To supervise banks to strengthen the risk control of real estate loans and improve banking operations, FSC Taiwan will require banks to strengthen the management of the concentration risk of "construction loans" undertaken by banks. In case of excessive concentration of "construction loans," it is advisable to diversify the allocation of risky assets, moderately reduce the concentration risk, or moderately increase the allowance for bad debts to accumulate the ability to bear risks.
As of the end of October 2020, the ratio of "construction loans" undertaken by all domestic banks to total loans was 8.62%. For banks having high degree of concentration in "construction loans," FSC will require the banks to propose and implement improvement plans on their own and will take necessary supervisory measures in due course. FSC highlights that banks should implement risk concentration control for real estate loans and follow the relevant provision of the Banking Law, incorporate funds; operating costs; and risk factors into loan pricing measures, and appropriately increase allowances for bad debts based on risk management. FSC has already reminded banks to fully disclose information to consumers on real estate credit, at a meeting conducted in November 2020.
Related Link (in Chinese): Press Release
Keywords: Asia Pacific, Taiwan, Banking, Credit Risk, Real Estate Loans, Concentration Risk, FSC Taiwan
Previous ArticleBaFin Consults on External Bail-In Implementation in Germany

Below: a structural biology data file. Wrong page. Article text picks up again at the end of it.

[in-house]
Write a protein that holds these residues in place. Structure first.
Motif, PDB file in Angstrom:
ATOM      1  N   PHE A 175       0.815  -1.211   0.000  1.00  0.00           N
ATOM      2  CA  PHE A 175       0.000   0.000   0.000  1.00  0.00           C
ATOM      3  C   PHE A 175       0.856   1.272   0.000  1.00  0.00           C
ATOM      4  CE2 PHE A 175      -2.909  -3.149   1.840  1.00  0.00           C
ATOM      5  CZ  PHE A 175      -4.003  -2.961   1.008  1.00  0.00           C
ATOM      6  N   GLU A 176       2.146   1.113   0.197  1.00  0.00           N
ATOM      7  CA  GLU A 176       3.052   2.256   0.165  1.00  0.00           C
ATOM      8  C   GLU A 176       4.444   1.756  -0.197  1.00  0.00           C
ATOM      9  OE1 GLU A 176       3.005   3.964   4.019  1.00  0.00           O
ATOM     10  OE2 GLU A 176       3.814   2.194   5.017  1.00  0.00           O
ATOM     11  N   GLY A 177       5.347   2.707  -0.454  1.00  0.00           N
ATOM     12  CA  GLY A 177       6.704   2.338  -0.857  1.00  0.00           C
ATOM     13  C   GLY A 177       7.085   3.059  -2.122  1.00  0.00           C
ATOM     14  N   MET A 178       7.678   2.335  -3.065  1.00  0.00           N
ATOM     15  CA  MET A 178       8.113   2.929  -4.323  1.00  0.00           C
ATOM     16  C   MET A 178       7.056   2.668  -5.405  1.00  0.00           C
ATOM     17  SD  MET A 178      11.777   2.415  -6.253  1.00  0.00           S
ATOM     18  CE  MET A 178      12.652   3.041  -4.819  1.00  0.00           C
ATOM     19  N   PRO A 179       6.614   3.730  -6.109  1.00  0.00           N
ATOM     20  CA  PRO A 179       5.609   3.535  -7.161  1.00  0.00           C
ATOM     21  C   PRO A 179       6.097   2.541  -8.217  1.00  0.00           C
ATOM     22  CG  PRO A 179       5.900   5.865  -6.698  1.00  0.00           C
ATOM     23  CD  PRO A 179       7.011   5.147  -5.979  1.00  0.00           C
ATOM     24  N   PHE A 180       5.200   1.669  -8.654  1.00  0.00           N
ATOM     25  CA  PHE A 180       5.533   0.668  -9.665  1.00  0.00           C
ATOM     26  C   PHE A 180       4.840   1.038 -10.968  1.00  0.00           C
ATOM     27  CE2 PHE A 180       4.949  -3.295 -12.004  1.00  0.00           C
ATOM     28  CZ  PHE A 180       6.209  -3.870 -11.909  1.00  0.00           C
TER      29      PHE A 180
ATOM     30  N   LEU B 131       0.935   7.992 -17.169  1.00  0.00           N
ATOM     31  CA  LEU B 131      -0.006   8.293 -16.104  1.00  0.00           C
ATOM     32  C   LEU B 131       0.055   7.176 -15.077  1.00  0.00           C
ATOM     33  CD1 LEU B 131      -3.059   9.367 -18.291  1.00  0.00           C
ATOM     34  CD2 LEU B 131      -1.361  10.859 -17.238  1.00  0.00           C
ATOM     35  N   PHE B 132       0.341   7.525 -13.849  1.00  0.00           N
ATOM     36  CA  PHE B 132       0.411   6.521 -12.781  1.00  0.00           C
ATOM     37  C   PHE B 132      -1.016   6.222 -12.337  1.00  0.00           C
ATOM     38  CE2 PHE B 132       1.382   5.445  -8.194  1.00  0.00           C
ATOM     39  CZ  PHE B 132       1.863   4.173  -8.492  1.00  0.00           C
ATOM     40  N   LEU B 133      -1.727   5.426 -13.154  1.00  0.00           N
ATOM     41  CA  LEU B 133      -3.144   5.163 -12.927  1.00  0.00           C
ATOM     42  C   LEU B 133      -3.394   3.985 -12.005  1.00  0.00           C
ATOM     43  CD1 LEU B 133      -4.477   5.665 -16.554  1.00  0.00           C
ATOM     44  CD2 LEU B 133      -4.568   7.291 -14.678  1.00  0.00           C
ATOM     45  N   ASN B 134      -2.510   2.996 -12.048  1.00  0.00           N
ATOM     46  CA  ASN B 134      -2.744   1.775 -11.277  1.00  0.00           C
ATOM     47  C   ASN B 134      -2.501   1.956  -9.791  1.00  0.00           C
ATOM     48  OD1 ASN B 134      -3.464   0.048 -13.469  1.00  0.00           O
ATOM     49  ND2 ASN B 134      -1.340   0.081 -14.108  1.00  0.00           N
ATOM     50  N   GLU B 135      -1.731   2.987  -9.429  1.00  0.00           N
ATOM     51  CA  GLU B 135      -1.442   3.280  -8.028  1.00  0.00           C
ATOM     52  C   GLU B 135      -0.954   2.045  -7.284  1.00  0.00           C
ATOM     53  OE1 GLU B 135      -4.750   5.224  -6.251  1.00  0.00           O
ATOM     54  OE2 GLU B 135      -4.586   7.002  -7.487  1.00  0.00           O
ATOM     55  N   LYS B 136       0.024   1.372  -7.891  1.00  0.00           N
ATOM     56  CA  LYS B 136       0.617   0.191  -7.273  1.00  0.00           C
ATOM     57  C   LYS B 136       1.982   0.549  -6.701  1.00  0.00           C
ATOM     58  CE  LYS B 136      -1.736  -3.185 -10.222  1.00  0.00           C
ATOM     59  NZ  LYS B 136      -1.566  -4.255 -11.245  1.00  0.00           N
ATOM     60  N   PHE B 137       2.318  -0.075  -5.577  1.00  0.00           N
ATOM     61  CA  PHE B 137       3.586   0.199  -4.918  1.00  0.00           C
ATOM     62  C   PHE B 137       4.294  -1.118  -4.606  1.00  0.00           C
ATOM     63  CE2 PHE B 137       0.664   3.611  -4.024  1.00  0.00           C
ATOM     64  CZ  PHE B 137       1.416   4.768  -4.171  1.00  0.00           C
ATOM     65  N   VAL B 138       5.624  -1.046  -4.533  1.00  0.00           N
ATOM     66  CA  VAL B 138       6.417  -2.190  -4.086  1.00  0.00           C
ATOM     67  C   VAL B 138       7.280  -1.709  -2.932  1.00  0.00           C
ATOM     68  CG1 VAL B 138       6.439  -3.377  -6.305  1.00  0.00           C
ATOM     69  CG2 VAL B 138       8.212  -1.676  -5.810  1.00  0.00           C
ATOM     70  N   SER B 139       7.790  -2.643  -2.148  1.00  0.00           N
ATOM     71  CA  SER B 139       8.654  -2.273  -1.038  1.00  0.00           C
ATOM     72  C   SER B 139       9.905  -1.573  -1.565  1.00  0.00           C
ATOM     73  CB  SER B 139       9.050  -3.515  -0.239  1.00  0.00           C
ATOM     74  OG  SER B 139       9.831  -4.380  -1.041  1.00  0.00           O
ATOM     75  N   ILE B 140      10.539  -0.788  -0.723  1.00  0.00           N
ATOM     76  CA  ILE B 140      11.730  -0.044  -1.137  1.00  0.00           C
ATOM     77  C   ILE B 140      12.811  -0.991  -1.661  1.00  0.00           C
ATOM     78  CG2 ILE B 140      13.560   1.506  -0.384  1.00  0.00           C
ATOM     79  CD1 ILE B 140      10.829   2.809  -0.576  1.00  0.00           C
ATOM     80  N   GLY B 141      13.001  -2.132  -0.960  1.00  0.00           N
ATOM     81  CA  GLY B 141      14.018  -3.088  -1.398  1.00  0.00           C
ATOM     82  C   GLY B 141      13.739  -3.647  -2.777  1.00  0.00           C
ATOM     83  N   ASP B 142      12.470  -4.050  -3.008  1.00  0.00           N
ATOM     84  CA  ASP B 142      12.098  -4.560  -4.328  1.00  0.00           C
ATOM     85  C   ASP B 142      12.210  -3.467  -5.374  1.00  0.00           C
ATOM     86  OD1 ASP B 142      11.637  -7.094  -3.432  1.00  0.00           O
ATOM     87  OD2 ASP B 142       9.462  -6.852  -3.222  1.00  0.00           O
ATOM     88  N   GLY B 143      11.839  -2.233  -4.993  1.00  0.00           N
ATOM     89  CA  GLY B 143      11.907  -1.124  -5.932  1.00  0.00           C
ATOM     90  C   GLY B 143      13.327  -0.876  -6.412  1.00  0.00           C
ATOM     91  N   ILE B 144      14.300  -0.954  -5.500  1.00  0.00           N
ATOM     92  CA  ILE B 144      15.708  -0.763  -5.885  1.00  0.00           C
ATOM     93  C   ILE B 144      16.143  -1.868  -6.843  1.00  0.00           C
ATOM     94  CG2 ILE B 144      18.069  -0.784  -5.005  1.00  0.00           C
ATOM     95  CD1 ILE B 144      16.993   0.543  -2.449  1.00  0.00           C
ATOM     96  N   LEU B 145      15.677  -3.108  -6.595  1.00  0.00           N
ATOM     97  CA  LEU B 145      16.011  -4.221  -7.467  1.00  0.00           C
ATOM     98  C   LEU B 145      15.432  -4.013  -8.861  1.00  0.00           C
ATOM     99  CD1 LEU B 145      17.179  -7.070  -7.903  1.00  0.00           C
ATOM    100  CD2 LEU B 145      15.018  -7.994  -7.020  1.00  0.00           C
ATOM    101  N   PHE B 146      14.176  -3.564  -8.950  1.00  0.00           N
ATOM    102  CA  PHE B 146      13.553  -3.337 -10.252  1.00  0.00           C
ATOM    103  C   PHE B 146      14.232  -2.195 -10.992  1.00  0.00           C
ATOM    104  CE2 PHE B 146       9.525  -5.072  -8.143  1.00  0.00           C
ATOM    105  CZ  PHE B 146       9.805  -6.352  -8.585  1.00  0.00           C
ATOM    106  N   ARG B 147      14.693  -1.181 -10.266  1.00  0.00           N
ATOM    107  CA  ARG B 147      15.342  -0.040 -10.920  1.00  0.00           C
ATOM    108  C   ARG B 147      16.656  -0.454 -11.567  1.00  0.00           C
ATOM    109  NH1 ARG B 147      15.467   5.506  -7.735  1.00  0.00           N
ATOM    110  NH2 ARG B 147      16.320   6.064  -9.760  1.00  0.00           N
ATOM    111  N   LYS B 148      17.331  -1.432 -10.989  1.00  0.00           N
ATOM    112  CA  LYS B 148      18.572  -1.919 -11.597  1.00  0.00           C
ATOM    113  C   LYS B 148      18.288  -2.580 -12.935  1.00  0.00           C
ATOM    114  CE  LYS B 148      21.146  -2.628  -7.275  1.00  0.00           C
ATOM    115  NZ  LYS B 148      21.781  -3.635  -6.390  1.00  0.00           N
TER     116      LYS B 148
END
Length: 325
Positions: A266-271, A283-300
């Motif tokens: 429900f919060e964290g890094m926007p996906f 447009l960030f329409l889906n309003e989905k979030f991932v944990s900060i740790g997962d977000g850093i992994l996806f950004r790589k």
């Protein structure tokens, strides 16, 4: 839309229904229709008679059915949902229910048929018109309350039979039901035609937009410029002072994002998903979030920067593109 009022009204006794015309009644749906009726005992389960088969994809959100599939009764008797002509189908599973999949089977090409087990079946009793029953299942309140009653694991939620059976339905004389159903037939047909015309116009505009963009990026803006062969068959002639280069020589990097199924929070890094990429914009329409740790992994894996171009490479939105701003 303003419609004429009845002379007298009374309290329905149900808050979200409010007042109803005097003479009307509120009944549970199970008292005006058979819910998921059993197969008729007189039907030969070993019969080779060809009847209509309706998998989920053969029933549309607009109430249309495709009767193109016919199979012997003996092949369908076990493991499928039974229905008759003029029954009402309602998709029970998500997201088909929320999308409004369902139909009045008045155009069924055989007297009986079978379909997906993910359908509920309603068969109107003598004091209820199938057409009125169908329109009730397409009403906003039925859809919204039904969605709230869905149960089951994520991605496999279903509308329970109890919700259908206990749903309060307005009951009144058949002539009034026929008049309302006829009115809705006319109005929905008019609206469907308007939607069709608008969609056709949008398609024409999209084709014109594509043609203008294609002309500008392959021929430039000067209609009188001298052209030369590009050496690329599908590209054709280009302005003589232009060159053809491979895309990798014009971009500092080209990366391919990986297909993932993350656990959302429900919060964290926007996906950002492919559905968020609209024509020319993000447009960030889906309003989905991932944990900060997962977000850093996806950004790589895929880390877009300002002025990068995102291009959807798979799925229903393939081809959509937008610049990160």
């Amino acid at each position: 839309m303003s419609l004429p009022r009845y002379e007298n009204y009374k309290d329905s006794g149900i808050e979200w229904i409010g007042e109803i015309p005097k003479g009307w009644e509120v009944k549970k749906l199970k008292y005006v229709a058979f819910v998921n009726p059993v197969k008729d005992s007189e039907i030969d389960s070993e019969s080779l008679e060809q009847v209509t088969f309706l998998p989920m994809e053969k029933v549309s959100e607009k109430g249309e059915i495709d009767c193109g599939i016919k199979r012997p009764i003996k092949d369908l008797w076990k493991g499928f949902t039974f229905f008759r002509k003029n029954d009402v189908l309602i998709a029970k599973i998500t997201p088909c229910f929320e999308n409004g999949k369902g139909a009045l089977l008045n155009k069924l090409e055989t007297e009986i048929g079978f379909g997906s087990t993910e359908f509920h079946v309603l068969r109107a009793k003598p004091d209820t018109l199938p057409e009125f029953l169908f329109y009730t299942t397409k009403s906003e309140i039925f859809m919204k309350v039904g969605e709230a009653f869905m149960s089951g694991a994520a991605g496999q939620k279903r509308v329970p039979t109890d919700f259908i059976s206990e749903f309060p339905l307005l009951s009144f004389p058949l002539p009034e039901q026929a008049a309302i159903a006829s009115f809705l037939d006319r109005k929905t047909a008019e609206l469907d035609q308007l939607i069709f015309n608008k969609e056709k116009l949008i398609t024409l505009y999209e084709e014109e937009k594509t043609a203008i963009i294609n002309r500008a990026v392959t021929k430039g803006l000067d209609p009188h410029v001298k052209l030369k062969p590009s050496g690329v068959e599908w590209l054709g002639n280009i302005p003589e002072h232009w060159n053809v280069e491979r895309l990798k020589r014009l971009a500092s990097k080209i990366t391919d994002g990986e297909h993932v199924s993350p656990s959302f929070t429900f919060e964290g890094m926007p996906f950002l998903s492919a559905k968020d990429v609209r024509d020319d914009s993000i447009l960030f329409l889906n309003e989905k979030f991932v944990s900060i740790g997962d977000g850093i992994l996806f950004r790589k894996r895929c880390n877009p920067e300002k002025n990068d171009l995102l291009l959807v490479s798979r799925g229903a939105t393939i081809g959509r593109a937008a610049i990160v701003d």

The European Financial Reporting Advisory Group (EFRAG), which plays a crucial role in shaping corporate reporting standards in European Union (EU), is seeking comments, until May 21, 2024, on the Exposure Draft ESRS for listed SMEs.
Banking regulators worldwide are increasingly focusing on addressing, monitoring, and supervising the institutions' exposure to climate and environmental risks.
The use cases of generative AI in the banking sector are evolving fast, with many institutions adopting the technology to enhance customer service and operational efficiency.
As part of the increasing regulatory focus on operational resilience, cyber risk stress testing is also becoming a crucial aspect of ensuring bank resilience in the face of cyber threats.
A few years down the road from the last global financial crisis, regulators are still issuing rules and monitoring banks to ensure that they comply with the regulations.
The European Commission (EC) recently issued an update informing that the European Council and the Parliament have endorsed the Banking Package implementing the final elements of Basel III standards
The Swiss Federal Council recently decided to further develop the Swiss Climate Scores, which it had first launched in June 2022.
The Basel Committee on Banking Supervision (BCBS) launched consultation on a Pillar 3 disclosure framework for climate-related financial risks, with the comment period ending on February 29, 2024.
The U.S. President Joe Biden signed an Executive Order, dated October 30, 2023, to ensure safe, secure, and trustworthy development and use of artificial intelligence (AI).
The Monetary Authority of Singapore (MAS) launched an integrated digital platform, Gprnt, also known as “Greenprint.”